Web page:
Emma O’Brien
August 9, 2022



Topeka, KS – With the general election in full swing, Kansans have less than three months until they will start casting their ballots for Governor in Kansas. The two candidates running – Governor Laura Kelly and Derek Schmidt – couldn’t be more different, especially when looking at their respective track records on funding our infrastructure.

“Under Sam Brownback and Derek Schmidt, over 1,000 miles of Kansas highways were neglected and over $500 million in construction projects were delayed while highway funds were used to fill budget holes brought on by the ‘tax experiment,’” said Emma O’Brien, spokesperson for the KDP. “Meanwhile, Governor Kelly brought Kansas’ infrastructure into the 21st Century by ensuring money meant for our roads and bridges – actually goes towards our roads and bridges.’”

Here are the facts: 

On infrastructure: 

  • Governor Kelly:
    • Officially closed the “Bank of KDOT,” ending the reckless budget practice started under Sam Brownback of stealing funds meant for the Kansas Highway Fund to fill budget holes;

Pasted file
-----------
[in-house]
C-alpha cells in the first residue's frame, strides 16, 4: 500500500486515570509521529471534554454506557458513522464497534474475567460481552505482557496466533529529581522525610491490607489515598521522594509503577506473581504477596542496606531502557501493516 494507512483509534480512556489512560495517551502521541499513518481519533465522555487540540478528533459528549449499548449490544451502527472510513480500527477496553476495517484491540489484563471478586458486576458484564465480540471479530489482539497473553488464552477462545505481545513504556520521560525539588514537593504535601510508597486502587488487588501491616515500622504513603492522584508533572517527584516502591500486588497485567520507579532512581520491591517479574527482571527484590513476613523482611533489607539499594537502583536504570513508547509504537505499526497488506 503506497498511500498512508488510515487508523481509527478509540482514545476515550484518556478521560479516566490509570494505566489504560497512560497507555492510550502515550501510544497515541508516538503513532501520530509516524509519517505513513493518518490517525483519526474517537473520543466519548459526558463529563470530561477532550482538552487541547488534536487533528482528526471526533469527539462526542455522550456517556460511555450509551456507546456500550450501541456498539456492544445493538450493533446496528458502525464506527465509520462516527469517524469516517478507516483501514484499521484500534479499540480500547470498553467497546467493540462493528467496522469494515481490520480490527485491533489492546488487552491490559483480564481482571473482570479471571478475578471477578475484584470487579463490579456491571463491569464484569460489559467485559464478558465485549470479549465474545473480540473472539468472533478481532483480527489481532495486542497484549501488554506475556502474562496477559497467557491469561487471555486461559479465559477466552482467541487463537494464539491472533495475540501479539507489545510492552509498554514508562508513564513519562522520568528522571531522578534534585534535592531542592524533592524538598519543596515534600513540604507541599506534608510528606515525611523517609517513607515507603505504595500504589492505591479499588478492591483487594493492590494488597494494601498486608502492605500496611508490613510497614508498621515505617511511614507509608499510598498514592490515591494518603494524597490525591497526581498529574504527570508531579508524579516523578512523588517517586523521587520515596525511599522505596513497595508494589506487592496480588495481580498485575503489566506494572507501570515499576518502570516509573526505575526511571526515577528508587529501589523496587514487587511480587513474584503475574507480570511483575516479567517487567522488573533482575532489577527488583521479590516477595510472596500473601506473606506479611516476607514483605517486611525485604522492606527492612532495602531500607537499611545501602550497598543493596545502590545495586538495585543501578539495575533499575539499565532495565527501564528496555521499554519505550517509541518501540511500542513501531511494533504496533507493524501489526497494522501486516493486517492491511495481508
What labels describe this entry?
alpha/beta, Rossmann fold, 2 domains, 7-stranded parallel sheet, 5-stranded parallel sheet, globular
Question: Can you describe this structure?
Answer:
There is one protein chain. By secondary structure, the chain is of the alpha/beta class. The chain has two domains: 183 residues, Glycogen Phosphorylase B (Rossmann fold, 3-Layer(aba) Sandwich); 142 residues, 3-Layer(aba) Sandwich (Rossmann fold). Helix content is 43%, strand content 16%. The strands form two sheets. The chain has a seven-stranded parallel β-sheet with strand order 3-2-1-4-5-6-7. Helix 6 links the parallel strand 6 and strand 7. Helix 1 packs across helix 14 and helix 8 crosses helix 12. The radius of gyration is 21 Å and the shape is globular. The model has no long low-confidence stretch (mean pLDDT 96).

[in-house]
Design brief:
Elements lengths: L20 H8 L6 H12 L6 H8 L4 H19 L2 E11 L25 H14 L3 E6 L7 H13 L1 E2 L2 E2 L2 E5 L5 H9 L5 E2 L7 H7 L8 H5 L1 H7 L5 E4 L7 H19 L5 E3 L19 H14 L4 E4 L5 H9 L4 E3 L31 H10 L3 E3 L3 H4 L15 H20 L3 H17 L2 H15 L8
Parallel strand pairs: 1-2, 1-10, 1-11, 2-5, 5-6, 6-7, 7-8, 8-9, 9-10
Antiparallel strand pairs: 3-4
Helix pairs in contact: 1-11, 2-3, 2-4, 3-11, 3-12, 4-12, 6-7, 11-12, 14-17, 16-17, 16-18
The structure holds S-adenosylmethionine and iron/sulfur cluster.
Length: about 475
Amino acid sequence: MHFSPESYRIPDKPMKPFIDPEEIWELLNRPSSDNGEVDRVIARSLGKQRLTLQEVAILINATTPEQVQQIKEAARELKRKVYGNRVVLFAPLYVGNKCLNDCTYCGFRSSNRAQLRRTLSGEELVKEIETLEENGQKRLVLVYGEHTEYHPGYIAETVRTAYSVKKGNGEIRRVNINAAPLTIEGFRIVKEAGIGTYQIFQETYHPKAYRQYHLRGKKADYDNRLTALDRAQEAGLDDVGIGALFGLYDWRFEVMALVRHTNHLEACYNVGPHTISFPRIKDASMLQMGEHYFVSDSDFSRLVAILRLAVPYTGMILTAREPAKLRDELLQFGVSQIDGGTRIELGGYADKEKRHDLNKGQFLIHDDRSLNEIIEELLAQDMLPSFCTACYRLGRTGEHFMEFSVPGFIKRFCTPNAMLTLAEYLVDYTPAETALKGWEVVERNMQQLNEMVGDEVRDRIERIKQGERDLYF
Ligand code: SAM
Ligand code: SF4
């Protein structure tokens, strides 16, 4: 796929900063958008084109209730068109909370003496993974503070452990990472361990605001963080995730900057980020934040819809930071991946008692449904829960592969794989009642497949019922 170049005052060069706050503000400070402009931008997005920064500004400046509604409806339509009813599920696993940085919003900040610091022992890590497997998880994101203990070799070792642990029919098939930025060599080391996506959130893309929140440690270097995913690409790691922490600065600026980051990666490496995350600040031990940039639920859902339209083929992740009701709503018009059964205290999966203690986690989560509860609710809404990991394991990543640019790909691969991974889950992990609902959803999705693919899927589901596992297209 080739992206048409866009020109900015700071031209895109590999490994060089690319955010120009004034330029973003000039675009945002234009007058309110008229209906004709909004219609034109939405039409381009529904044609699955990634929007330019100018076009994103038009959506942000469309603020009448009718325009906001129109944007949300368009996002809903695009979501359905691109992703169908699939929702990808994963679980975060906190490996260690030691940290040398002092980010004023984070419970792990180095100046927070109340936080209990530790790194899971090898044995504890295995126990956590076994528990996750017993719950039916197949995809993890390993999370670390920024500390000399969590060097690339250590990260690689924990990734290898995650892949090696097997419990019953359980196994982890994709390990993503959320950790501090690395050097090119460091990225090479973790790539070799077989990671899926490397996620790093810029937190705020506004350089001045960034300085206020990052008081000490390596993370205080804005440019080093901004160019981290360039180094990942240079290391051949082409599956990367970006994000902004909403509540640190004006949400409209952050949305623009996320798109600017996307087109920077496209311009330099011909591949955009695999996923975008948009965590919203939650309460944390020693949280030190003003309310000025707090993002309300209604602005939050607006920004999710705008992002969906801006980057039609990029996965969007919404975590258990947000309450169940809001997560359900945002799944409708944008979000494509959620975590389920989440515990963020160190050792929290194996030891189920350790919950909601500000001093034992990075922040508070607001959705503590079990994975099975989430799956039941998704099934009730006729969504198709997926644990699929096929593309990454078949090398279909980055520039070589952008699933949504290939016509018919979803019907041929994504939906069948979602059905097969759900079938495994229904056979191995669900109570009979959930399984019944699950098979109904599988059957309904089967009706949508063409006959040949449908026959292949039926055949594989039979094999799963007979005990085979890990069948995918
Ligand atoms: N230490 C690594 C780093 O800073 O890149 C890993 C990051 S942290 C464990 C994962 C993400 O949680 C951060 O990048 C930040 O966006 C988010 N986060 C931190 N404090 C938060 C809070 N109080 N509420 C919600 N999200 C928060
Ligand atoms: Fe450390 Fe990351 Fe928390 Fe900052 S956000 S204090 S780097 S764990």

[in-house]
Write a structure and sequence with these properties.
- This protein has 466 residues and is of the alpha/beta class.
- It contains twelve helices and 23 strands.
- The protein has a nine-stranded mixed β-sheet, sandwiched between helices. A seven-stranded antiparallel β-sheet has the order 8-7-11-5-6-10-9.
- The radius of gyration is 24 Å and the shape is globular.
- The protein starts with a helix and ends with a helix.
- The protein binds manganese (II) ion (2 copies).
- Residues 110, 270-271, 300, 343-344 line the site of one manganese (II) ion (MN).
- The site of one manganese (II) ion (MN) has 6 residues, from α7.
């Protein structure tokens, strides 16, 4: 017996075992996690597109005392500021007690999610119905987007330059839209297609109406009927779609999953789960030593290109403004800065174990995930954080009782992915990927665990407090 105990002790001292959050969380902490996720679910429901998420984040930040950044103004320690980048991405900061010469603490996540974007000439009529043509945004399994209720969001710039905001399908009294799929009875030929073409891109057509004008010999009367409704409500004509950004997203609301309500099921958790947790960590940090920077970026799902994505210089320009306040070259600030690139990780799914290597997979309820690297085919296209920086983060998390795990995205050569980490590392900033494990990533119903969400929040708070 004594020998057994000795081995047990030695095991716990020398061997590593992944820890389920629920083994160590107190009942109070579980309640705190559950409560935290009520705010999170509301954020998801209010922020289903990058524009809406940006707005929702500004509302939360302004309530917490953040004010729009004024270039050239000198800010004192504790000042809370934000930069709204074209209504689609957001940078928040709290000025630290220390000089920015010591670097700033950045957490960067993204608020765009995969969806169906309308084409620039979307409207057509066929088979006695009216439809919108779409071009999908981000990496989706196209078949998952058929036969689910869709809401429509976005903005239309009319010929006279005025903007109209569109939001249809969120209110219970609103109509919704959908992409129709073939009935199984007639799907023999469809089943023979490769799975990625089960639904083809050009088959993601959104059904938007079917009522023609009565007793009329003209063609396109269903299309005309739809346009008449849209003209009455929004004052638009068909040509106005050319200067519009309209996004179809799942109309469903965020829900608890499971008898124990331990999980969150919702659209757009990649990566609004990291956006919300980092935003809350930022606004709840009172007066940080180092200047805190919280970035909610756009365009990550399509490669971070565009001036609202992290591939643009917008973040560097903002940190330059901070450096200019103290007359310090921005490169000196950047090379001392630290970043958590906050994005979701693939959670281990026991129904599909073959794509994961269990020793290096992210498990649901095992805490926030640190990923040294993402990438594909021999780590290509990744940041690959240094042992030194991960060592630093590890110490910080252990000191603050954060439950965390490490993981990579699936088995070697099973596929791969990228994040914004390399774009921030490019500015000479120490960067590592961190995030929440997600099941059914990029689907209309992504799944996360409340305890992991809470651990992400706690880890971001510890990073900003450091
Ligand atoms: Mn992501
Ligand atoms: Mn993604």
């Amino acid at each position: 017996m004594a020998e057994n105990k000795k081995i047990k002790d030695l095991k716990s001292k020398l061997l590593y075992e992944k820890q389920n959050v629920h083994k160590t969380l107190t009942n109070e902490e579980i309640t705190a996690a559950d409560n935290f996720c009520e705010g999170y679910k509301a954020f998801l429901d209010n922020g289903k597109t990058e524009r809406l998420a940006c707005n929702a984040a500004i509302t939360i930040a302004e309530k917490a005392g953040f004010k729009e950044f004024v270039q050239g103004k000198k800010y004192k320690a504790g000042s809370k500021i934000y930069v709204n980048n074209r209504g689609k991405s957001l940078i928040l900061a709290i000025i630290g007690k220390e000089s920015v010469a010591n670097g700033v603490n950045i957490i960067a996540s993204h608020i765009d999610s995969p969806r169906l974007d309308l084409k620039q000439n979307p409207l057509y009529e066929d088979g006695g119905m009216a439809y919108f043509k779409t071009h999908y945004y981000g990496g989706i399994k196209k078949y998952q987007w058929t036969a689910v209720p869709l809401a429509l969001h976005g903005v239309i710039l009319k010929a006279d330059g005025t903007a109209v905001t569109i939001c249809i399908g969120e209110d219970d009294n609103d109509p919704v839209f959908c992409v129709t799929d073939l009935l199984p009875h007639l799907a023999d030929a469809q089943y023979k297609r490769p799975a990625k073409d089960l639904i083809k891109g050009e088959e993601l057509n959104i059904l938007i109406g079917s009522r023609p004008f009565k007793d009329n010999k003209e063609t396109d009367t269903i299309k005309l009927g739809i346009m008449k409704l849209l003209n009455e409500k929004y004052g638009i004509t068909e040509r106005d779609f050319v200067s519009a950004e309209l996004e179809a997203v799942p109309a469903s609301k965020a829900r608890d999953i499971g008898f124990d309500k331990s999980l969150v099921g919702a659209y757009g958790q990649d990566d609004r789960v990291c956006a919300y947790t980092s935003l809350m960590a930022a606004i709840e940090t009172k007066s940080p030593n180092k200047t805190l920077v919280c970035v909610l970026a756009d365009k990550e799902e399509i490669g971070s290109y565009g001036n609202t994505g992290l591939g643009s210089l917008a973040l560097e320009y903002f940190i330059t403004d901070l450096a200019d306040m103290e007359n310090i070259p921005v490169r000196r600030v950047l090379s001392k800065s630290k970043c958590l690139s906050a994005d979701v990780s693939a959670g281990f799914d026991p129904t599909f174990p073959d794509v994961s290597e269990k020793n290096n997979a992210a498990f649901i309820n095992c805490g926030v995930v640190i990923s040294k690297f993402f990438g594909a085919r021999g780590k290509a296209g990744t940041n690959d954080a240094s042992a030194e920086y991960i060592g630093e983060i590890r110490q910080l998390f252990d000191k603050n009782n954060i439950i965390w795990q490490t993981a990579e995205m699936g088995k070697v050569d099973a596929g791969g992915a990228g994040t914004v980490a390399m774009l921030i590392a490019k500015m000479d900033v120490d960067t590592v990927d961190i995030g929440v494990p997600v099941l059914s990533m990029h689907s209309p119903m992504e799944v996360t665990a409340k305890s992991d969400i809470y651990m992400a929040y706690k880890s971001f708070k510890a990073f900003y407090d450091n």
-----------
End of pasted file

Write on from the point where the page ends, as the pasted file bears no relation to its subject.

• Rebuilt Kansas’ highways, roads, and bridges by starting over 1,000 infrastructure projects across the state;
    • Moved all T-WORKS projects to the construction pipeline – these projects were abandoned by Sam Brownback’s administration;
    • Helped bring Kansas’ infrastructure into the 21st Century by investing in high-speed internet across the state, ensuring all Kansans can get connected no matter where they live or work
    • Was the first Governor in Kansas history to ever allocate funding in the state budget for high-speed internet.
  • Derek Schmidt:
    • Stood by Sam Brownback as he stole $2 billion from the Kansas Highway Fund to fill budget holes caused by the “tax experiment,” causing a delay of $500 million in KDOT projects and the loss of construction jobs.
    • Twisted logic to defend Brownback’s tax cuts and extreme economic theories, claiming that, “if you read the letter of the law … it doesn’t say there has to be a balanced budget.” This allowed the stealing of funds from KDOT to manage Kansas’ budget.